There are a wide variety of options available in the ice cream industry these days, particularly artisanal ice cream varieties. Supermarket shelves hold a trove of different products, and an increasing number of creative, independent ice cream shops are springing up in cities around the world. Amidst all of this competition, companies need to get creative in order to stand out, and they need to pay attention to the latest features that customers are demanding in their ice cream.
The global ice cream market may only be growing at a CAGR of 5% over the next few years, but in an industry that’s approaching the $100 billion mark, 5% is nothing to scoff at. Between now and 2024, the market’s value is expected to increase by roughly $20 billion, with Europe and APAC leading the way in terms of growth. In a fragmented market, this leaves plenty of room for companies to develop new product lines and specialized vendors to enter in order to cater to underserved niches.
In today’s market, competition is getting fiercer, consumer tastes are becoming more sophisticated, and “low-calorie” alone isn’t cutting it anymore. So what are artisanal ice cream brands doing to make people excited about their products?
Creative and sophisticated flavors
A growing number of ice cream shops are bringing in the crowds with flavors that reach far beyond the traditional favorites such as chocolate or butterscotch. These vendors bring in savory flavors and ingredients that aren’t commonly seen in ice creams to create unique offerings that customers would have a hard time finding anywhere else. The US-based independent ice cream shop Salt & Straw, for example, offers flavors such as pear and blue cheese, honey lavender, and coffee and bourbon, along with their twist on more traditional options such as cookies and cream or mint chocolate chip. Salt & Straw is far from the only company getting creative with flavors, and as consumers get a taste for new and unique ice cream options, expect to see many more brands following suit this year.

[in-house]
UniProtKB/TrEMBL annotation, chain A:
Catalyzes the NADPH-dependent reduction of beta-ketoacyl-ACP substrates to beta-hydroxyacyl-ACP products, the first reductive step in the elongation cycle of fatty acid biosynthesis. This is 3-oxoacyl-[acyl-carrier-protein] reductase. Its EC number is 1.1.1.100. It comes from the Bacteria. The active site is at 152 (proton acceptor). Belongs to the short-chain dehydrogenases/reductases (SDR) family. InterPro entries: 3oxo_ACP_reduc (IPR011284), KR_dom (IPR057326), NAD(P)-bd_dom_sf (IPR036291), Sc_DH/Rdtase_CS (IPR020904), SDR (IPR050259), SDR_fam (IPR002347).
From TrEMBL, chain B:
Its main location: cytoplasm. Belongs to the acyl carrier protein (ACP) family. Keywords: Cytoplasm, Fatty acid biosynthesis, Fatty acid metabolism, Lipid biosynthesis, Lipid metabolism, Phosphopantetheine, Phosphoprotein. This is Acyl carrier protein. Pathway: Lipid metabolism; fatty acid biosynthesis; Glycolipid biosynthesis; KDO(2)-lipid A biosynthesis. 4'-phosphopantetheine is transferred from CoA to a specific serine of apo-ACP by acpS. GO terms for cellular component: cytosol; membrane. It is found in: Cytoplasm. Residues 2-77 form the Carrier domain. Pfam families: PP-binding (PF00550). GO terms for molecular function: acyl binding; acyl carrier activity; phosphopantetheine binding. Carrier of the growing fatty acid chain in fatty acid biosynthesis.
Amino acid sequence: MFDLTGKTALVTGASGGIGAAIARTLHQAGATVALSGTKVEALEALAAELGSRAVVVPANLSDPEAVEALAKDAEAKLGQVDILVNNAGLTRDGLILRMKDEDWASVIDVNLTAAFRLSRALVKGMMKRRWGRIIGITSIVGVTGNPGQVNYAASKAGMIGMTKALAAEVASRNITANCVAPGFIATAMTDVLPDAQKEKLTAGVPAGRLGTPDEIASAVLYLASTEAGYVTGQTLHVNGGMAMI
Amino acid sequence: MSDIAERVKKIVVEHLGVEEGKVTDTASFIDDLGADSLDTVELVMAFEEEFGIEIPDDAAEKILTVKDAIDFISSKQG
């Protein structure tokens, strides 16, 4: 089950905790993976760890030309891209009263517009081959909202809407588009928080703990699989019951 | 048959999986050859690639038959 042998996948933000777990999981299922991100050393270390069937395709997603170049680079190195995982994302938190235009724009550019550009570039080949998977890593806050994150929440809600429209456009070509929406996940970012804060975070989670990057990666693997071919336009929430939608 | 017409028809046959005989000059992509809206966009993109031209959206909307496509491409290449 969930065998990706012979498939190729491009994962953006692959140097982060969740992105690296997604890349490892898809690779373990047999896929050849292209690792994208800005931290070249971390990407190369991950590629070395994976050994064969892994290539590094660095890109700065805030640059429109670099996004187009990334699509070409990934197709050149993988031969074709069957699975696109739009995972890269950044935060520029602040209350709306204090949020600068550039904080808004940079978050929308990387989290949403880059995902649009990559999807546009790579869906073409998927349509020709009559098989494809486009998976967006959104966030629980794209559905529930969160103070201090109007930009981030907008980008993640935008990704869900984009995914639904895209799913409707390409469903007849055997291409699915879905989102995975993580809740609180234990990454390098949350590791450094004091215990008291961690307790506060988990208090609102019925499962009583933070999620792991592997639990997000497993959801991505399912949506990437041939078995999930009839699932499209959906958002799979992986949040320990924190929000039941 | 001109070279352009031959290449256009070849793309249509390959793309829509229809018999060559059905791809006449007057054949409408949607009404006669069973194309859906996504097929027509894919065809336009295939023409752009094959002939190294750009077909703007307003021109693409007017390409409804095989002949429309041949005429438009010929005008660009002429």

Supermarket shelves are also beginning to see more diverse ice cream flavor options, with premium brands offering more sophisticated products. Häagen-Dazs, for example, recently introduced a line of alcohol-based ice creams, including Irish Cream Brownie and Bourbon Vanilla Bean Truffle. As more consumers discover the complex flavor profiles possible in ice cream, more of these products will become available in grocery stores rather than staying in the realm of independent shops.
Health is more than just calories
Low-calorie options have been around for years, but customers are now looking for more in their ice cream than just a “light” version, and don’t want to sacrifice flavor or quality. Portion control is one way to address this – some consumers are simply eating smaller amounts rather than seeking out low-calorie options specifically. But there are many other variations on “heathy” ice creams that are starting to take off.
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A fun way to get your protein